Daughter Megan has reached Stage 2, now having years of experience under her belt and an excitement brewing with each transaction. Last week, she listed the property at 1012 Acklen Avenue, a challenging address since there are as many streets called Acklen as there are as there are mayoral candidates.

This Acklen is the street off of 12th Avenue South near the 24-hour, emergency animal hospital, a place most of the area residents know all too well. Smithwick listed the home for $690,000 in what proved to be a brilliant strategy her sellers wisely accepted. Most sellers still scoff at the idea.

In the 2018 real estate market, like its predecessor in 2017, the market will come to the price. Sellers need not worry about underpricing their homes. The market will not tolerate such behavior, and homes priced at less than market usually sell for more than market, while homes priced more than market value sell – eventually – for less than market.

In her description on the Multiple Listing Service, Smithwick laid the ground rules, beginning with submit all offers by 8 p.m. As an opening line, buyers viewing the listing on Zillow, Trulia, Redfin or any of the other sites know that this is a hot property.

Knowing that all four bedrooms are on the second floor, and that that feature can prove to be viewed as a negative in this market, she goes to the strength of the house and explains it is “not an HPR.”

Sophisticated buyers – the breed of buyers that sellers want – are aware of what an HPR is, that being a horizontal property regime. HPRs are immensely popular and have allowed semi-affordable living on infill lots around Nashville, but the letters HPR conjure images of tall skinnies for some and small, if any, yards for others.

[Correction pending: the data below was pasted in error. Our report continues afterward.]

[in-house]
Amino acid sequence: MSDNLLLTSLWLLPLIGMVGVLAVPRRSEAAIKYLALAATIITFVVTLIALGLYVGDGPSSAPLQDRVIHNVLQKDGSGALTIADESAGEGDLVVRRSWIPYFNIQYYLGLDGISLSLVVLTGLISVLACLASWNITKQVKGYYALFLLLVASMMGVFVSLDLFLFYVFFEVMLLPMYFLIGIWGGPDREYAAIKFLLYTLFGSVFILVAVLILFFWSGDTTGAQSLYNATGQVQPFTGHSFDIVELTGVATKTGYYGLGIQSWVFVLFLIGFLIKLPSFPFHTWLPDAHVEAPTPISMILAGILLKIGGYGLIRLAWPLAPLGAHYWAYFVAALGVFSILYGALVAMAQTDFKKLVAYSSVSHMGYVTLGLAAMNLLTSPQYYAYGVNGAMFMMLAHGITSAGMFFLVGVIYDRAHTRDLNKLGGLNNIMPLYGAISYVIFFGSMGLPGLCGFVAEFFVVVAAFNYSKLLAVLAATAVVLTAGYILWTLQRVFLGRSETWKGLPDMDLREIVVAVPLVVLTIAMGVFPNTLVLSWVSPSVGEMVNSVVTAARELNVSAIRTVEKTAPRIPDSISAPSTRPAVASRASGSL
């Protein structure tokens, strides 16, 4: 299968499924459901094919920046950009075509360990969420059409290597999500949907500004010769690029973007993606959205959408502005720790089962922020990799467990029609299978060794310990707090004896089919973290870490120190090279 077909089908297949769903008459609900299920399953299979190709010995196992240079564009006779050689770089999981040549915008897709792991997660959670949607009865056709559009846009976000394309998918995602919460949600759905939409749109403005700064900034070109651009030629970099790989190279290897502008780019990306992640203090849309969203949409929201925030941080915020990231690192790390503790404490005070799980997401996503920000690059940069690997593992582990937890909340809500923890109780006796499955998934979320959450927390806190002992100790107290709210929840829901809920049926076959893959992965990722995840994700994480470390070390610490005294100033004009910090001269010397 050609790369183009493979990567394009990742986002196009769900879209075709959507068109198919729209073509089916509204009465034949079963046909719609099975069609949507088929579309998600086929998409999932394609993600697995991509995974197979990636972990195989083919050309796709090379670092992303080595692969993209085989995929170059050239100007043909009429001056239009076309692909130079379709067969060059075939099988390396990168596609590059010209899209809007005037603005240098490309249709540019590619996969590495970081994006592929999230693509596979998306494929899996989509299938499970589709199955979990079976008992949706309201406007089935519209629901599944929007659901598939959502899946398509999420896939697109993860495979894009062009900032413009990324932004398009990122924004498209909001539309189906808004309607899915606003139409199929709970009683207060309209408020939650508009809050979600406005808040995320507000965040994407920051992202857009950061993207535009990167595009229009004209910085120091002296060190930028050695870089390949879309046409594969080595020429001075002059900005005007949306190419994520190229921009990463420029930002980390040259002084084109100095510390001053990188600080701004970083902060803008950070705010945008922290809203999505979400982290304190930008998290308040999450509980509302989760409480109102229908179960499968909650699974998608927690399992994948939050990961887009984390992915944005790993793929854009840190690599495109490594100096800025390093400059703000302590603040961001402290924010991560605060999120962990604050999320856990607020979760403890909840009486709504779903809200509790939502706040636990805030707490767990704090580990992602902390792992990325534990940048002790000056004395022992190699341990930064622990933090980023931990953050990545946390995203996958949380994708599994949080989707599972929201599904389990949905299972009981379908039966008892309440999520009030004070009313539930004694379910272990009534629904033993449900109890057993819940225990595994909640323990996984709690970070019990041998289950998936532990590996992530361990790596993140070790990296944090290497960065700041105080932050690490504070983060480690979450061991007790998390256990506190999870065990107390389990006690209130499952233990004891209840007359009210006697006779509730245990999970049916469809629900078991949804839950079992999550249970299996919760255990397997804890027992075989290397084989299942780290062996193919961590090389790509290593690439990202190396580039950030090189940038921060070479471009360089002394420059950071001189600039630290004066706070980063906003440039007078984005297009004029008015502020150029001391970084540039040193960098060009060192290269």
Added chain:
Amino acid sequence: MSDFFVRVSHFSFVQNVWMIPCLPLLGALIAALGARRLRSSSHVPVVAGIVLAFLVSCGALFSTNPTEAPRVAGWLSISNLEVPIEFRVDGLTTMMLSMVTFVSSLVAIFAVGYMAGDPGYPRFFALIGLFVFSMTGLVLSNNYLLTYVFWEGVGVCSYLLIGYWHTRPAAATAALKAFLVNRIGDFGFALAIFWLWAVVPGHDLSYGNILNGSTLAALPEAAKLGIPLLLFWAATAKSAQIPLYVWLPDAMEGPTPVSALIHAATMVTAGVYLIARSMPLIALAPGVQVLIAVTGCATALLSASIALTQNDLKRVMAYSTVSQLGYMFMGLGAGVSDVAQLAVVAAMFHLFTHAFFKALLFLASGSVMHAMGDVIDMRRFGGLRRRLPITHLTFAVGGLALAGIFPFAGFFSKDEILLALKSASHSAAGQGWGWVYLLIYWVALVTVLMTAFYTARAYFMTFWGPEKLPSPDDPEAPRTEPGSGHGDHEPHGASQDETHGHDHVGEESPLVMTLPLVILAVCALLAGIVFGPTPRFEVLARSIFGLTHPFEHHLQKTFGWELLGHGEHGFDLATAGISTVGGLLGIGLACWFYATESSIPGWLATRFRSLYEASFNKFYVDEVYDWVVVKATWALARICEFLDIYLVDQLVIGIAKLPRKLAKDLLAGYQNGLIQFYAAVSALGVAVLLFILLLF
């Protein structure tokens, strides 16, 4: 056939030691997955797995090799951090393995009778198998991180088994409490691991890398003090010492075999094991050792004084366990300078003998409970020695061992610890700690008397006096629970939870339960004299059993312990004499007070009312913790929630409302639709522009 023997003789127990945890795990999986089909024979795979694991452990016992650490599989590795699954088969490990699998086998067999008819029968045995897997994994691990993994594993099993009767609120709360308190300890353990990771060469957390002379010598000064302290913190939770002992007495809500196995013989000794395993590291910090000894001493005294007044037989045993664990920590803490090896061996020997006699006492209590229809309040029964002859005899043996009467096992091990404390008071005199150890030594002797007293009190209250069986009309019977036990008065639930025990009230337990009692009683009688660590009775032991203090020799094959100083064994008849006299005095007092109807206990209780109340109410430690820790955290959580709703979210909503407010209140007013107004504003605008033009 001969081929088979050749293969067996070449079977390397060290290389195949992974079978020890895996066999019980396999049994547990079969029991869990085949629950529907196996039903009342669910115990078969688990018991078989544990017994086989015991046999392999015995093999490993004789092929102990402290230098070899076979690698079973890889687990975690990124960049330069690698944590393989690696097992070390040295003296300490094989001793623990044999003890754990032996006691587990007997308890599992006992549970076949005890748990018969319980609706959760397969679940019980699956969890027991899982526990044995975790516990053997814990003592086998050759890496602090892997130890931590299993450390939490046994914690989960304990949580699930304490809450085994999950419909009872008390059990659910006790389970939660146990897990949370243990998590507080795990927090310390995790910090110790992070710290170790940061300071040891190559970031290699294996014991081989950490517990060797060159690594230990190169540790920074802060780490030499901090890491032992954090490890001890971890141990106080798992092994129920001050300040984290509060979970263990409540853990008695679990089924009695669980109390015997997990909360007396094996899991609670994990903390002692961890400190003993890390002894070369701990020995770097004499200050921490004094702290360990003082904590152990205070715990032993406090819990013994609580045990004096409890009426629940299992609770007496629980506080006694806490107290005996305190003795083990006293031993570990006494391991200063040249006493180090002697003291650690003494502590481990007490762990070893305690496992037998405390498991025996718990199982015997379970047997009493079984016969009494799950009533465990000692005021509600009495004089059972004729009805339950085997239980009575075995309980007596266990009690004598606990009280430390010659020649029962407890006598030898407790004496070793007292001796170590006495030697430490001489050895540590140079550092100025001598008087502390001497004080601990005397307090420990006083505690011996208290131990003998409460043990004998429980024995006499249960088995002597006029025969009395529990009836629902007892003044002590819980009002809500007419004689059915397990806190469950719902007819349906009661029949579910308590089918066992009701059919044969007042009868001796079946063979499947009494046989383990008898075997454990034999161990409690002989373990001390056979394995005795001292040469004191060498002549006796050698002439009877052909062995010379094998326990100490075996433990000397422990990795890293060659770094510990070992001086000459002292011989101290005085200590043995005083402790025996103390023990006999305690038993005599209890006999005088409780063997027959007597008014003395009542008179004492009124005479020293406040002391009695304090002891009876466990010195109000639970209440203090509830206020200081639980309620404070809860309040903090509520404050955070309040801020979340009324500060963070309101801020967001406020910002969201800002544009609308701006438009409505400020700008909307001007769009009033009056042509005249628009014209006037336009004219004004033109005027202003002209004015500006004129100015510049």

In reading Smithwick’s description of the property, the buyers swell with the thoughts of true home ownership, the American dream, a house with a lot that has not been subdivided. Land Ho!

One of the stickier points of a real estate transaction is the possession date.

In most sales, the seller must evacuate the property the day of closing. Unfortunately, many houses do not close on the date both parties agreed upon in the contract.

In her remarks, Smithwick defined the terms of possession stating that the owners would like to close in 30-45 days and then lease the home until June 30. That allows the seller to know the house is sold and closed and then take some time to move.

This provision might not be acceptable to all buyers and could reduce the pool of prospects, but if possession under these terms is required by this seller, then they did not want buyers in need of immediate possession anyway and have not lost anything.

In this case, it worked. She listed the house for $690,000 and it sold for $725,500 with the possession and close date suitable to both parties. These days price low, sell high. Price high, sell low.

Richard Courtney is a licensed real estate broker with Christianson, Patterson, Courtney, and Associates and can be reached at richard@richardcourtney.com.